• Being photographed in a Hungry Jacks restaurant at 3am on the day before a test match against the British and Irish Lions in significant breach of team rules (for which he was not penalised).
  • Arguing on a long haul flight with various management staff of the Wallabies over the hefty issue of being told to put another t-shirt, again as a result of Beale breaching team rules.

With that sort of “rap sheet” surely Beale must have been on his final warning?  Again, if Beale worked for any employer in the community other than a sporting team he would have received at least two warnings for this conduct and would have been on a “final warning”.

I wrote this when Beale was last in trouble https://shumpty77.com/2013/06/28/kurtley-beale-can-i-have-his-employment-contract-or-that-of-any-sportstar-for-that-matter/ and my comments there hold true.  This latest saga again does nothing other than prove that the Australian Rugby Union is significantly out of touch with the standards of the community.  Just because Beale, or any other player, is good at Rugby Union should not elevate him to a position above that of an ordinary member of the community should it?

In the title to this post I have gone further than just mentioned the ARU and included elite sportmen as a whole (in Australia) in this post.  That is because of the conduct of Paul Gallen, New South Wales Rugby League captain, poster boy for the NRL and guilty drug cheat.  Earlier this week, after the sacking of Cronulla Sharks CEO Steve Noyce, Gallen, from his holiday in Hawaii, tweeted a highly offensive tweet referring to the leaders of the National Rugby League by reference to a descriptive word that society considers to be in the worst category of slurs.

Gallen has apologised, albeit with one of the most strained apologies I have ever seen and deleted the tweet, and the NRL has announced it will be investigating however, based on past outcomes of NRL investigations the outcome of that investigation will inevitably be a fine.

This again shows just how outside of community standards the sporting codes in this country are: I have 1100 twitter followers and if I posted a tweet to my account calling the leaders of my employer the term used by Gallen what would be the result? You guessed it: I would be out of a job, again for cause and again with immediacy.

At some point the leaders of the sporting codes in Australia must take notice of the standards of the community in dealing with their employees.  The codes have advanced exponentially in the two decades when it comes to professionalism and quantum of money earned in the game.  Unfortunately the manner in which players are disciplined remains back in the days when Rugby Union was an amateur game and Rugby League was split on border lines.

The Beale saga, more so than that of Gallen, is replete with victims.  Di Patston has been vilified in the press, lost her job and is in treatment.  Ewen McKenzie felt compelled to resign.  There are also a whole tranche of victims who are presently unrecognised: the future potential generation of rugby fans who will not become fans of the game because their fathers, mothers, uncles, grandfathers (etc), like me, are so now disaffected with the game that they will not deign to take them to games any more.  I will be not going to games in 2015 and that means my nephews will also not be going which makes them victims too.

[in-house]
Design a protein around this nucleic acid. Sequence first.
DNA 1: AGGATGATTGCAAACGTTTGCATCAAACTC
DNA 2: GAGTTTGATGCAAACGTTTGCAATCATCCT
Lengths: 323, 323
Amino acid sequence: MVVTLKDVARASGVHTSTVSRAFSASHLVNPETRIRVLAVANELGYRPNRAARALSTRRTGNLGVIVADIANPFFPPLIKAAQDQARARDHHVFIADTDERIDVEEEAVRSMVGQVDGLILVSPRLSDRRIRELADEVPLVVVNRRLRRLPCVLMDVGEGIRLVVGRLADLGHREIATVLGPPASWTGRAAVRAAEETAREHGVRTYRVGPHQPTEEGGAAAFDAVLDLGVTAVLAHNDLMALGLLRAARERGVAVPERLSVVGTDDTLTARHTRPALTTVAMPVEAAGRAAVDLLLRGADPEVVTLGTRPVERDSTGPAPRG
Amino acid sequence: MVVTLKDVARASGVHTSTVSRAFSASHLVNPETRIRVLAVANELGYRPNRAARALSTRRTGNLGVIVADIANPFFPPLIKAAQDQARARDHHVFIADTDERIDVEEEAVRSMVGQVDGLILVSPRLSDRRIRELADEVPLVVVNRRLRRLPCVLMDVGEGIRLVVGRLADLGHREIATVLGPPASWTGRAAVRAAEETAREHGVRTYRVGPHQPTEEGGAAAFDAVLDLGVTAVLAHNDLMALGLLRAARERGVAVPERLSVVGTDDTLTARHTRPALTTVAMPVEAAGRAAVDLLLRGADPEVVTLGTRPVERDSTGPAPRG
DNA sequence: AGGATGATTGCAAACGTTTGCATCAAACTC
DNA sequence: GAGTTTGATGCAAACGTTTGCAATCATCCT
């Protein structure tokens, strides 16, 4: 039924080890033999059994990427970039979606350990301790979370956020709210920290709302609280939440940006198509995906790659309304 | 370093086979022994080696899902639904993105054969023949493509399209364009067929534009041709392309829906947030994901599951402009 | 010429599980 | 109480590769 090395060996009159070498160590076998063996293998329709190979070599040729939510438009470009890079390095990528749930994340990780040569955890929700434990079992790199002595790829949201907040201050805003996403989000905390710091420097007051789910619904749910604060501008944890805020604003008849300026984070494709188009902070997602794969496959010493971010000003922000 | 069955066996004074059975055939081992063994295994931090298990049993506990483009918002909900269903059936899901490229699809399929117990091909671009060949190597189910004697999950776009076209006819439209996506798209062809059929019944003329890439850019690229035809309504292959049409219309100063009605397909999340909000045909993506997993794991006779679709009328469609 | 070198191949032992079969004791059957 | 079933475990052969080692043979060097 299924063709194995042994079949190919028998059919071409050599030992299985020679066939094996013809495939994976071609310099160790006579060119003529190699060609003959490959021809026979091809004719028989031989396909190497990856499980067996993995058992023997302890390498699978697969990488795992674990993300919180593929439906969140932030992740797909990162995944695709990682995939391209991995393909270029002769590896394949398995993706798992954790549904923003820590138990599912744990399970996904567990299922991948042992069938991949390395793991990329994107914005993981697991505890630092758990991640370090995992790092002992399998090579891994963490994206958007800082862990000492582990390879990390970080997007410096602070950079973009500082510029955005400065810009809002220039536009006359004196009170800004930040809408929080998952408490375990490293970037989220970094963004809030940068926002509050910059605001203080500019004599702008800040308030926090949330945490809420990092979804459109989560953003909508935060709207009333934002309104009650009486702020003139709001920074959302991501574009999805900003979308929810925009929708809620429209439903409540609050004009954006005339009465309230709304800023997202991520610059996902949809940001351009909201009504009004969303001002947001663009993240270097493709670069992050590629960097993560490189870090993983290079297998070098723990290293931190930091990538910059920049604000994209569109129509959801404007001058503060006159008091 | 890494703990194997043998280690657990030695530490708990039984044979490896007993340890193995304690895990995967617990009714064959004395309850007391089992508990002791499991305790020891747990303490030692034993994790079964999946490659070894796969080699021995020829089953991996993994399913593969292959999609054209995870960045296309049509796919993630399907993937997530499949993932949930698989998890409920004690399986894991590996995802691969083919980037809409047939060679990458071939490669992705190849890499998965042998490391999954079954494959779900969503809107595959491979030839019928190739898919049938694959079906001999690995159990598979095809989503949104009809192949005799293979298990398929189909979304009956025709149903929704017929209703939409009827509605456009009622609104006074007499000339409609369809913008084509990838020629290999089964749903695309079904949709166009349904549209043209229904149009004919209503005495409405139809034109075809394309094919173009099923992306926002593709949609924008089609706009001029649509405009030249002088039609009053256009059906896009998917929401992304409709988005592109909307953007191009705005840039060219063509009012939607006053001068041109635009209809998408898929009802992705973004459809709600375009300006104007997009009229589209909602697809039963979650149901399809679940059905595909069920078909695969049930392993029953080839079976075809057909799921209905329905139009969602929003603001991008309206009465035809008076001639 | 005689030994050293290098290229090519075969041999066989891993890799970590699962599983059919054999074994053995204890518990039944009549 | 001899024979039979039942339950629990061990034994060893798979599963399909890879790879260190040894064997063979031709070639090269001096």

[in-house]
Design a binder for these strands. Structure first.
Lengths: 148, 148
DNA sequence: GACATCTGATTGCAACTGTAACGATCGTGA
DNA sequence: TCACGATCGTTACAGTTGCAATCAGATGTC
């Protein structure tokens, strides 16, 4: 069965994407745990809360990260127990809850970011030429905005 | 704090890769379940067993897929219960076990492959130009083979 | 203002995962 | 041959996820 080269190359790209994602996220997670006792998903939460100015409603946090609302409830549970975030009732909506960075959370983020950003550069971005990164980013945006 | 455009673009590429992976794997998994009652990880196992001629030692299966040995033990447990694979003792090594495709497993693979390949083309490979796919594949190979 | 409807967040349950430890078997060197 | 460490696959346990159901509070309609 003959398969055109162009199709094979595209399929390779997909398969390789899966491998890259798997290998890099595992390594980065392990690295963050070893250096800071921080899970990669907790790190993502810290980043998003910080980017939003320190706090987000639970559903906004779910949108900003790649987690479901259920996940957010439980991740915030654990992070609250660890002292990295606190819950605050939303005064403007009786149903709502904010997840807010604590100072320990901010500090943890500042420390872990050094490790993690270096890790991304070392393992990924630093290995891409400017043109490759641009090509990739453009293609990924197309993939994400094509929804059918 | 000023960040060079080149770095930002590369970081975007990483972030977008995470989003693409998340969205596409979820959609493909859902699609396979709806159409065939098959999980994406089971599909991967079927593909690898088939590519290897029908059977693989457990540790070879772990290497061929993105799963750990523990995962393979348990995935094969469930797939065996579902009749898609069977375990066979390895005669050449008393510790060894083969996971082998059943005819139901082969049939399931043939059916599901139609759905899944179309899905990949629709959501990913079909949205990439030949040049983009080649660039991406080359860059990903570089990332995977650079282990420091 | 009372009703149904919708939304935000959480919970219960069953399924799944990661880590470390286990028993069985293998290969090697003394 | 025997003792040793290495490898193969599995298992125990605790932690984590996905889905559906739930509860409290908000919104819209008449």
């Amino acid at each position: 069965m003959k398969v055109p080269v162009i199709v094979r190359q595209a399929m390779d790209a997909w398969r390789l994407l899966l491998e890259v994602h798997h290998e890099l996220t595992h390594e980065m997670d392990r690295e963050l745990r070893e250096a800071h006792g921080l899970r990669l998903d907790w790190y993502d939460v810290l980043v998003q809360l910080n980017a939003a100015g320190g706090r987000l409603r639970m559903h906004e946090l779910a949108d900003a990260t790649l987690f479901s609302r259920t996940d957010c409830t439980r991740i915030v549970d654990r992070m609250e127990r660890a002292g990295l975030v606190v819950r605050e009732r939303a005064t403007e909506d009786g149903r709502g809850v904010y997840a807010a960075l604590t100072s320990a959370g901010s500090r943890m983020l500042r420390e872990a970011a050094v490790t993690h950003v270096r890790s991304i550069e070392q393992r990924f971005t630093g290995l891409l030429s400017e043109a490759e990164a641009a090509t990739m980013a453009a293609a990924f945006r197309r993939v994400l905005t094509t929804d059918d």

Players of professional sports are employees just the rest of us: surely at some point they have been treated that way because presently they are not and it is damaging the brand of the game.  It is that simple!

Rugby: Another day, another player is off to France

Rod Davies has signed to play rugby for the next two seasons with Biarritz Olympique in France. It is a very sad, more to the point another sad, day for Queensland and Australian rugby fans.  Sad in two respects:

  1. Rod Davies is a talismatic player for the Reds.  When he is on the field and the ball is in his hands the crowd lifts.  You can almost here the fans, me included, thinking and saying “go on Rocket!!!”.  He is a player who brings young fans through the gates and will be missed by the team, the members and the fans.
  2. Yet again Australian rugby has been unable to retain a player playing in our top domestic competition and perenially on the cusp of Australian selection.  Rather, the player has preferred to play in the second division of French rugby for a team that won 5 of 20 games in the French Top 14 last year.  I am all for players setting themselves up for their careers post rugby but it saddens me that that same opportunity is not afforded to such a player in Australia.

Rod Davies is one of my favourite players to watch and I will miss him running around in a Reds jersey.  I am left to lament now his loss from Australian rugby and to ponder who might be next to chase the money (and future security).

Genia dropped and Horwill to the bench: McKenzie gets it right again

Ewen McKenzie has named the Australian team for the first test against France at Lang Park this Saturday night. The team is:

Israel Folau, Adam Ashley-Cooper, Tevita Kuridrani, Matt Toomua, Nick Cummins, Bernard Foley, Nic White; Wycliff Palu, Michael Hooper, Scott Fardy, Sam Carter, Rob Simmons, Sekope Kepu, Stephen Moore (c), James Slipper. Res: Tatafu Polota-Nau, Pek Cowan, Paddy Ryan, James Horwill, Ben McCalman, Nick Phipps, Kurtley Beale, Pat McCabe

Obviously the biggest move by Coach McKenzie is the dropping of Will Genia, not just from the team but also the bench. This is a massive step, given the Genia has not been out of the team when available since 2010, for McKenzie and, frankly, is the correct one. Aside from an inspiring performance in the 100th Queensland game last Saturday Genia has been in terrible form this season. Based on form he simply could not be selected. Nic White, conversely, has been in excellent form and deserves his run on spot.